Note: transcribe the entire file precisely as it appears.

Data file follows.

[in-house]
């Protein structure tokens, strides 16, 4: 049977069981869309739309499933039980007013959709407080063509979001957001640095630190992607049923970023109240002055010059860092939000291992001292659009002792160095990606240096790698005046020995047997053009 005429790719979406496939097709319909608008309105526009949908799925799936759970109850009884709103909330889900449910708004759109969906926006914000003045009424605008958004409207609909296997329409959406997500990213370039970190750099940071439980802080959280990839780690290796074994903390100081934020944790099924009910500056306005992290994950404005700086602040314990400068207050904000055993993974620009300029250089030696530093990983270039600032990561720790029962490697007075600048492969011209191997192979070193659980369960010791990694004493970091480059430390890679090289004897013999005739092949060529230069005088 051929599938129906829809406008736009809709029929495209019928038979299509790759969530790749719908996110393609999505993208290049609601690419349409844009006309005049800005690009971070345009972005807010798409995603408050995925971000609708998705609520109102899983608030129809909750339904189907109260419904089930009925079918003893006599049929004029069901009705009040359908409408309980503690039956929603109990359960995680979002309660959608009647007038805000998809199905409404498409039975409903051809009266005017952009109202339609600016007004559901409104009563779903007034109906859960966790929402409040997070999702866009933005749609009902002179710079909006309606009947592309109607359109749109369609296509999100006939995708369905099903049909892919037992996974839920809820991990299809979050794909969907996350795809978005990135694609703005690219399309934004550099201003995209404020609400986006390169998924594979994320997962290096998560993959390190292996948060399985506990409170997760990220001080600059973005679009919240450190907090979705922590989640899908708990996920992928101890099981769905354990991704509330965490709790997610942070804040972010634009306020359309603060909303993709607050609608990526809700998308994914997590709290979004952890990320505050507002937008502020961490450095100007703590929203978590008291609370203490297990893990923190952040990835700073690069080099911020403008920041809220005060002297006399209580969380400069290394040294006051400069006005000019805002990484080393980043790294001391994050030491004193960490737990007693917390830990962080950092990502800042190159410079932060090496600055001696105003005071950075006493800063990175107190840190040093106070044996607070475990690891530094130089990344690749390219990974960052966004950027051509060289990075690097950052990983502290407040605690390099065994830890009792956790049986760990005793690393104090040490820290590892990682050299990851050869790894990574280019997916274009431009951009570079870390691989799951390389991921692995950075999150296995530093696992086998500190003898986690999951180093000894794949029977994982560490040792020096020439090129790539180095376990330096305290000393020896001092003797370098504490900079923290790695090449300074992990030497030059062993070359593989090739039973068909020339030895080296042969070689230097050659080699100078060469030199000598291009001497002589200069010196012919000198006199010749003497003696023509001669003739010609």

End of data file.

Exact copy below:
[in-house]
């Protein structure tokens, strides 16, 4: 049977069981869309739309499933039980007013959709407080063509979001957001640095630190992607049923970023109240002055010059860092939000291992001292659009002792160095990606240096790698005046020995047997053009 005429790719979406496939097709319909608008309105526009949908799925799936759970109850009884709103909330889900449910708004759109969906926006914000003045009424605008958004409207609909296997329409959406997500990213370039970190750099940071439980802080959280990839780690290796074994903390100081934020944790099924009910500056306005992290994950404005700086602040314990400068207050904000055993993974620009300029250089030696530093990983270039600032990561720790029962490697007075600048492969011209191997192979070193659980369960010791990694004493970091480059430390890679090289004897013999005739092949060529230069005088 051929599938129906829809406008736009809709029929495209019928038979299509790759969530790749719908996110393609999505993208290049609601690419349409844009006309005049800005690009971070345009972005807010798409995603408050995925971000609708998705609520109102899983608030129809909750339904189907109260419904089930009925079918003893006599049929004029069901009705009040359908409408309980503690039956929603109990359960995680979002309660959608009647007038805000998809199905409404498409039975409903051809009266005017952009109202339609600016007004559901409104009563779903007034109906859960966790929402409040997070999702866009933005749609009902002179710079909006309606009947592309109607359109749109369609296509999100006939995708369905099903049909892919037992996974839920809820991990299809979050794909969907996350795809978005990135694609703005690219399309934004550099201003995209404020609400986006390169998924594979994320997962290096998560993959390190292996948060399985506990409170997760990220001080600059973005679009919240450190907090979705922590989640899908708990996920992928101890099981769905354990991704509330965490709790997610942070804040972010634009306020359309603060909303993709607050609608990526809700998308994914997590709290979004952890990320505050507002937008502020961490450095100007703590929203978590008291609370203490297990893990923190952040990835700073690069080099911020403008920041809220005060002297006399209580969380400069290394040294006051400069006005000019805002990484080393980043790294001391994050030491004193960490737990007693917390830990962080950092990502800042190159410079932060090496600055001696105003005071950075006493800063990175107190840190040093106070044996607070475990690891530094130089990344690749390219990974960052966004950027051509060289990075690097950052990983502290407040605690390099065994830890009792956790049986760990005793690393104090040490820290590892990682050299990851050869790894990574280019997916274009431009951009570079870390691989799951390389991921692995950075999150296995530093696992086998500190003898986690999951180093000894794949029977994982560490040792020096020439090129790539180095376990330096305290000393020896001092003797370098504490900079923290790695090449300074992990030497030059062993070359593989090739039973068909020339030895080296042969070689230097050659080699100078060469030199000598291009001497002589200069010196012919000198006199010749003497003696023509001669003739010609």